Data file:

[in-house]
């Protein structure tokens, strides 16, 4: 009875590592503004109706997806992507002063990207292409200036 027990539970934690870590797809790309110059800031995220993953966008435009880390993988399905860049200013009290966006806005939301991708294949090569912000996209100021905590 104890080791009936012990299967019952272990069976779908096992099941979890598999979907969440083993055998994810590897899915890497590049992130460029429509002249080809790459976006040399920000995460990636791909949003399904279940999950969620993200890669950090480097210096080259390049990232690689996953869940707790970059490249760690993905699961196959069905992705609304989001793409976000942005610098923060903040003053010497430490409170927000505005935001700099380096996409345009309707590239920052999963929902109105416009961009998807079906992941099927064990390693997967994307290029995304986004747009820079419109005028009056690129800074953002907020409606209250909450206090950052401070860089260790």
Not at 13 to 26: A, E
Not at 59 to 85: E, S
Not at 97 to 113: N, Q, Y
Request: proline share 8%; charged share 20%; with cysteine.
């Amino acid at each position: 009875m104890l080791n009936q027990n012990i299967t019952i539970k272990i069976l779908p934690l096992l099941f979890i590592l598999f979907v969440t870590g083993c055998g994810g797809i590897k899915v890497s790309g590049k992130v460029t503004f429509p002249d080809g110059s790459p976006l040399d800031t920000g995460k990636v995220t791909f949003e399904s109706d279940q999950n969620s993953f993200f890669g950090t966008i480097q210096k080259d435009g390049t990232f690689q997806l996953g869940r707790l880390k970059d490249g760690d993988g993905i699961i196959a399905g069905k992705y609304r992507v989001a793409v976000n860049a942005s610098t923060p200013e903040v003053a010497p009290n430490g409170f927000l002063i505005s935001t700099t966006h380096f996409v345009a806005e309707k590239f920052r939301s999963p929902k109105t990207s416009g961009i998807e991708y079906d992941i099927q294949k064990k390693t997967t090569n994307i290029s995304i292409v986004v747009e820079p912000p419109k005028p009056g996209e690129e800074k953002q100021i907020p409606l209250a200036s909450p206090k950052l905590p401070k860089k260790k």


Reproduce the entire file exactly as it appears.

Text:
[in-house]
């Protein structure tokens, strides 16, 4: 009875590592503004109706997806992507002063990207292409200036 027990539970934690870590797809790309110059800031995220993953966008435009880390993988399905860049200013009290966006806005939301991708294949090569912000996209100021905590 104890080791009936012990299967019952272990069976779908096992099941979890598999979907969440083993055998994810590897899915890497590049992130460029429509002249080809790459976006040399920000995460990636791909949003399904279940999950969620993200890669950090480097210096080259390049990232690689996953869940707790970059490249760690993905699961196959069905992705609304989001793409976000942005610098923060903040003053010497430490409170927000505005935001700099380096996409345009309707590239920052999963929902109105416009961009998807079906992941099927064990390693997967994307290029995304986004747009820079419109005028009056690129800074953002907020409606209250909450206090950052401070860089260790």
Not at 13 to 26: A, E
Not at 59 to 85: E, S
Not at 97 to 113: N, Q, Y
Request: proline share 8%; charged share 20%; with cysteine.
């Amino acid at each position: 009875m104890l080791n009936q027990n012990i299967t019952i539970k272990i069976l779908p934690l096992l099941f979890i590592l598999f979907v969440t870590g083993c055998g994810g797809i590897k899915v890497s790309g590049k992130v460029t503004f429509p002249d080809g110059s790459p976006l040399d800031t920000g995460k990636v995220t791909f949003e399904s109706d279940q999950n969620s993953f993200f890669g950090t966008i480097q210096k080259d435009g390049t990232f690689q997806l996953g869940r707790l880390k970059d490249g760690d993988g993905i699961i196959a399905g069905k992705y609304r992507v989001a793409v976000n860049a942005s610098t923060p200013e903040v003053a010497p009290n430490g409170f927000l002063i505005s935001t700099t966006h380096f996409v345009a806005e309707k590239f920052r939301s999963p929902k109105t990207s416009g961009i998807e991708y079906d992941i099927q294949k064990k390693t997967t090569n994307i290029s995304i292409v986004v747009e820079p912000p419109k005028p009056g996209e690129e800074k953002q100021i907020p409606l209250a200036s909450p206090k950052l905590p401070k860089k260790k």